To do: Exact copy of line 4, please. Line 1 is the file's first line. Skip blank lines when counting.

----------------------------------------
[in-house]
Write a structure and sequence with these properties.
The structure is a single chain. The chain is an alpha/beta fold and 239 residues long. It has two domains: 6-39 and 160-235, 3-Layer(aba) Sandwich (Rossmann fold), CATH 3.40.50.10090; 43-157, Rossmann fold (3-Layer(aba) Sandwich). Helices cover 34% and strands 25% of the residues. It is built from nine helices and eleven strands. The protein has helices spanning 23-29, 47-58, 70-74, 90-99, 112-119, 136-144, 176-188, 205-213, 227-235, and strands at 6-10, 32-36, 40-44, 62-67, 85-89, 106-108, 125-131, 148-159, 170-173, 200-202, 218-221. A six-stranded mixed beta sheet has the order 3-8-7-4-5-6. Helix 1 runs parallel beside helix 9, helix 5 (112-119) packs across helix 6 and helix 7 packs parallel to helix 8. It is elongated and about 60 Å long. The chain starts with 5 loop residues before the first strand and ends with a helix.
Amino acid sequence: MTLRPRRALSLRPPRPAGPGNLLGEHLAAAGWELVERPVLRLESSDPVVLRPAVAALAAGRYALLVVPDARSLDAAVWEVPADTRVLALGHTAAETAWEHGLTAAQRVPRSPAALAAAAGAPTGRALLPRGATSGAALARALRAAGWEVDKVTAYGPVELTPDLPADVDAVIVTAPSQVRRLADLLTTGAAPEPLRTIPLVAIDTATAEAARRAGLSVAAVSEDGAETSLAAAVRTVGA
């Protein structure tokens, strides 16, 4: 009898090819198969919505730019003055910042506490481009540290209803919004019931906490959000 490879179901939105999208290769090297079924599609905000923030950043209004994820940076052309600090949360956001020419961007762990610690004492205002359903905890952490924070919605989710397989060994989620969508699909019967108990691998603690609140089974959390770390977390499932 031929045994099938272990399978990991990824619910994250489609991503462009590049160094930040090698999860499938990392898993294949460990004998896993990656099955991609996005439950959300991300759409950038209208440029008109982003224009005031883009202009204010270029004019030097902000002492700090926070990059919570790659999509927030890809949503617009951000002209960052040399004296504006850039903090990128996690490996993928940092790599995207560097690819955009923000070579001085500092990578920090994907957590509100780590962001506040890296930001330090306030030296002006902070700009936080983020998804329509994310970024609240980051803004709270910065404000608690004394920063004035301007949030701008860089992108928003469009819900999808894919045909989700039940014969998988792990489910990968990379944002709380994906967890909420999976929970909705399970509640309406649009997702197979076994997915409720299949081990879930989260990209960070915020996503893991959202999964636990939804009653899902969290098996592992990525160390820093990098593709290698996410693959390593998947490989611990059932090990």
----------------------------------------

Amino acid sequence: MTLRPRRALSLRPPRPAGPGNLLGEHLAAAGWELVERPVLRLESSDPVVLRPAVAALAAGRYALLVVPDARSLDAAVWEVPADTRVLALGHTAAETAWEHGLTAAQRVPRSPAALAAAAGAPTGRALLPRGATSGAALARALRAAGWEVDKVTAYGPVELTPDLPADVDAVIVTAPSQVRRLADLLTTGAAPEPLRTIPLVAIDTATAEAARRAGLSVAAVSEDGAETSLAAAVRTVGA